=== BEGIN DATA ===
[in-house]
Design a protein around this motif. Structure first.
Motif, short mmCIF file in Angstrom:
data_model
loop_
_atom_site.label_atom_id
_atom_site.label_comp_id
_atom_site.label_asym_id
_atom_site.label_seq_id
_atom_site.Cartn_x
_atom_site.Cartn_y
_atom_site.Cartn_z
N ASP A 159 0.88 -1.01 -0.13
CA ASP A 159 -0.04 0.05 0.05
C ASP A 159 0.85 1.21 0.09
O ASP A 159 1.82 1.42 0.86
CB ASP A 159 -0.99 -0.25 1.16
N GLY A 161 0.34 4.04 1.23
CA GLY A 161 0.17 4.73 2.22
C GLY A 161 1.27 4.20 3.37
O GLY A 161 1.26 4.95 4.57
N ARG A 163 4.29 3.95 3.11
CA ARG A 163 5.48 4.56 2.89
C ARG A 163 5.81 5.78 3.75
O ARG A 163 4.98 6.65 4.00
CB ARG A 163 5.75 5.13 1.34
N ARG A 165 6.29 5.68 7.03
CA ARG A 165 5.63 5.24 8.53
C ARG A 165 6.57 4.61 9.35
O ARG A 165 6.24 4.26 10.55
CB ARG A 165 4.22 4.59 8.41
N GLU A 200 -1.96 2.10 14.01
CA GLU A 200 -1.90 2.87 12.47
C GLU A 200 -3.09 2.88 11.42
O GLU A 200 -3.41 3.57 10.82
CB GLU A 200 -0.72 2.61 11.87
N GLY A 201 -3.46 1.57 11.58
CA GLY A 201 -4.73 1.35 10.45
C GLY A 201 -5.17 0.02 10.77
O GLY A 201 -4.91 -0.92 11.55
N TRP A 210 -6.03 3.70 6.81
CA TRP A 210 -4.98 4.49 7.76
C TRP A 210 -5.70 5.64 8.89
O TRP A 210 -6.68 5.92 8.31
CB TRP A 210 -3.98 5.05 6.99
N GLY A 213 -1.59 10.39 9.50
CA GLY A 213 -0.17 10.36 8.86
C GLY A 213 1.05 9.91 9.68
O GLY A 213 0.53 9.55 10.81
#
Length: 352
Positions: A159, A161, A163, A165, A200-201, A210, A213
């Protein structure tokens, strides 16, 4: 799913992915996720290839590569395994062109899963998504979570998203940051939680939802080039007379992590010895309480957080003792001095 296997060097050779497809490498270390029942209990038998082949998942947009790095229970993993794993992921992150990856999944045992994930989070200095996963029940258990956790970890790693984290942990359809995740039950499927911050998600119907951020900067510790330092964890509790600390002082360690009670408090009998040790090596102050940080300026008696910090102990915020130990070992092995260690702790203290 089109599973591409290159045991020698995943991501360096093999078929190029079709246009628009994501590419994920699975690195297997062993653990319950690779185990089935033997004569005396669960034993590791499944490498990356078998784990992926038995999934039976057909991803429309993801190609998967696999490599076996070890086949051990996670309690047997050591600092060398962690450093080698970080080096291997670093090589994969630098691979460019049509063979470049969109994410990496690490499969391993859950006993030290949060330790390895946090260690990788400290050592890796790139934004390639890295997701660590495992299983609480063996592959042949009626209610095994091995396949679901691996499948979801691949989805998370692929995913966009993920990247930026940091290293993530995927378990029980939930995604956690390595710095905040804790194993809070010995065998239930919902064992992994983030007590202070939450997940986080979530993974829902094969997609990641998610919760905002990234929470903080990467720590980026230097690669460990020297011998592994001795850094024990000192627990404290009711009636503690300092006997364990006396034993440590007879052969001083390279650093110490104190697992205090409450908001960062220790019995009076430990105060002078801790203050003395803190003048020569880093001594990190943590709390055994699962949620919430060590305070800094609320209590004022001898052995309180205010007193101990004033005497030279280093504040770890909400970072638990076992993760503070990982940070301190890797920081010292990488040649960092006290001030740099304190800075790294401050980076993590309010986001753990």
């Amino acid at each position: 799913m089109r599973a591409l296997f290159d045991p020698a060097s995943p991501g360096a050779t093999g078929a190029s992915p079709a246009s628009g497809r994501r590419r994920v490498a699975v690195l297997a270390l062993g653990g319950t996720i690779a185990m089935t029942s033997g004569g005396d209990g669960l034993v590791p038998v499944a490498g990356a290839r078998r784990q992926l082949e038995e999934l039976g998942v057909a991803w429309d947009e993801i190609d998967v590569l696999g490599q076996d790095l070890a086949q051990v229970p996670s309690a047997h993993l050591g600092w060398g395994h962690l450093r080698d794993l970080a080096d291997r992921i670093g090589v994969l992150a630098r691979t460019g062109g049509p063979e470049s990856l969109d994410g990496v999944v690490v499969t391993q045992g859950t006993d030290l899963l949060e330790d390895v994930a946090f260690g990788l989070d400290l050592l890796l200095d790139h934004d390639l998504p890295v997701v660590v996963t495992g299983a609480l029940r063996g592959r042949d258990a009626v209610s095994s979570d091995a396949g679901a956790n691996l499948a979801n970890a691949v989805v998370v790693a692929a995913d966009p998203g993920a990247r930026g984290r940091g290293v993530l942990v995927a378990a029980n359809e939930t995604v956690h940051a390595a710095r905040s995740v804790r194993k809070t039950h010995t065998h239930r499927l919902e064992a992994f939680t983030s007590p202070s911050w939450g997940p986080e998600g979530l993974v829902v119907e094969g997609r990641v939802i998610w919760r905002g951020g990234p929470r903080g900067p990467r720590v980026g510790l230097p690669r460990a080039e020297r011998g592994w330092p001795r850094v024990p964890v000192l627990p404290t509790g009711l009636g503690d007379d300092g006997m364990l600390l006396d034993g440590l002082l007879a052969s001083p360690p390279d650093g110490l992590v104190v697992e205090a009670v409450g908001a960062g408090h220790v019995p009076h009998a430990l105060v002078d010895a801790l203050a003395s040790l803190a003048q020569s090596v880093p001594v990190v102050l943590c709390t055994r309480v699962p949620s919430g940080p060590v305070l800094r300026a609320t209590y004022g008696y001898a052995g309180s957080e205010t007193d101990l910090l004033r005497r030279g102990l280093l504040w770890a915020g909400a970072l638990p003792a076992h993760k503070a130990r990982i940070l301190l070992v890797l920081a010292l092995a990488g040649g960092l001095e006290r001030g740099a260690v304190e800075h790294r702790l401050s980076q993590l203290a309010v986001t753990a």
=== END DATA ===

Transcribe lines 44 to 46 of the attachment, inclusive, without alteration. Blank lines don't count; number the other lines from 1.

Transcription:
O TRP A 210 -6.68 5.92 8.31
CB TRP A 210 -3.98 5.05 6.99
N GLY A 213 -1.59 10.39 9.50